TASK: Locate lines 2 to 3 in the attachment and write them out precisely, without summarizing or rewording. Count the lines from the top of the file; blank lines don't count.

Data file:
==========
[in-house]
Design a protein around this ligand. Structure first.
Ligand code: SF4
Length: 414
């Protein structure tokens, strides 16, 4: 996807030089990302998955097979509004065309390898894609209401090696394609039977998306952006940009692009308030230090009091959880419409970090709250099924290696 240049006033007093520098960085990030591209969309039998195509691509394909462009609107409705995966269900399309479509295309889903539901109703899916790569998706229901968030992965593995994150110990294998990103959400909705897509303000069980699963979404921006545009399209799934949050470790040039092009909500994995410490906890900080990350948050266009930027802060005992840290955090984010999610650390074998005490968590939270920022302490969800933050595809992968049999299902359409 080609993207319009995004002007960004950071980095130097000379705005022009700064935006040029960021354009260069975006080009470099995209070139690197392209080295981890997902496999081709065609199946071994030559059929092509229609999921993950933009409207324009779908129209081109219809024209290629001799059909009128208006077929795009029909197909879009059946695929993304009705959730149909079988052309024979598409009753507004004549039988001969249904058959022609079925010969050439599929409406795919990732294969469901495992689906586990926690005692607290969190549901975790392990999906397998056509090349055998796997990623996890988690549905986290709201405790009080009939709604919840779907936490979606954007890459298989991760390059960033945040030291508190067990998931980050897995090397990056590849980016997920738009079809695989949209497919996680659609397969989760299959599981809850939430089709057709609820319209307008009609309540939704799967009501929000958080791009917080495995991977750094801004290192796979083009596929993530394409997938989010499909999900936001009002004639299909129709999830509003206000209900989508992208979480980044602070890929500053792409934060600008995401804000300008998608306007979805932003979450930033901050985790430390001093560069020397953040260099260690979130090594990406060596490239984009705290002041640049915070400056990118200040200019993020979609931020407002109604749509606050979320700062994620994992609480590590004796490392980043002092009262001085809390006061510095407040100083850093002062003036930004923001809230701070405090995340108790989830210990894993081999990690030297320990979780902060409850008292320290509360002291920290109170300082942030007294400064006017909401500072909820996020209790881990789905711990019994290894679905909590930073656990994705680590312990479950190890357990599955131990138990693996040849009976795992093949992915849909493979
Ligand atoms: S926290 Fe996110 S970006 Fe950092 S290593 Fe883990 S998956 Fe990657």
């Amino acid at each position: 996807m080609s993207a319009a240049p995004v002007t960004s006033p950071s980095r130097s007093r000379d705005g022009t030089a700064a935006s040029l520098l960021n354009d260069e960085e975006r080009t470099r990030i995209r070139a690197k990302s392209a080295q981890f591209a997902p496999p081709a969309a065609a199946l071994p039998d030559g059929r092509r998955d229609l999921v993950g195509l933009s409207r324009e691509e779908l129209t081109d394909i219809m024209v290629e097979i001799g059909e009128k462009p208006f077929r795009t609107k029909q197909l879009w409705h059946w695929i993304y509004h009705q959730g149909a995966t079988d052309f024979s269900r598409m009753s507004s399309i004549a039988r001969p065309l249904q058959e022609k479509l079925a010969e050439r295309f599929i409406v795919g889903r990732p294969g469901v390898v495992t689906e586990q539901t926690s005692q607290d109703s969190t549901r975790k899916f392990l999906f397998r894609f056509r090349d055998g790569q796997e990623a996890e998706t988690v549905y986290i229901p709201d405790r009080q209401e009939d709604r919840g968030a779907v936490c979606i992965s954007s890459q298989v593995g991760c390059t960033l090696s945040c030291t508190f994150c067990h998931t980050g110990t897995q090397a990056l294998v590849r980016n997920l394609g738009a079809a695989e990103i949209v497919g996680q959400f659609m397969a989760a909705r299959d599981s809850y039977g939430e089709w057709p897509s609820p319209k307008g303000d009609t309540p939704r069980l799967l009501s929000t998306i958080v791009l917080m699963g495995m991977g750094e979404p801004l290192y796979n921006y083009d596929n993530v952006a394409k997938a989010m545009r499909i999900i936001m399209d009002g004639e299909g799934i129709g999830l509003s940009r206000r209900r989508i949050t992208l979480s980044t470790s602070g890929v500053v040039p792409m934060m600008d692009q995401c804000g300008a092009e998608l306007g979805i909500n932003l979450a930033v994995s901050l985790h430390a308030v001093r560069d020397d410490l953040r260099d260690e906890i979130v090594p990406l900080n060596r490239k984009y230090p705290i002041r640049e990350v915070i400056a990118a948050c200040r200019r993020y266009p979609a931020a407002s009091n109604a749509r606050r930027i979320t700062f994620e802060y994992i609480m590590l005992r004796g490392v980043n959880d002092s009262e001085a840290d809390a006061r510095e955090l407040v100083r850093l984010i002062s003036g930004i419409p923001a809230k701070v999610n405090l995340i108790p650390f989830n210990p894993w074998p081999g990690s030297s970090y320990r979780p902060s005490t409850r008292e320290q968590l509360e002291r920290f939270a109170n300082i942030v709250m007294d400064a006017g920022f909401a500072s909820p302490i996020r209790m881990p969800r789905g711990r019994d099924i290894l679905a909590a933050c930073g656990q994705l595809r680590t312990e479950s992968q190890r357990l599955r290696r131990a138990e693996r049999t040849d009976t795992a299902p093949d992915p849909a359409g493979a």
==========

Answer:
Design a protein around this ligand. Structure first.
Ligand code: SF4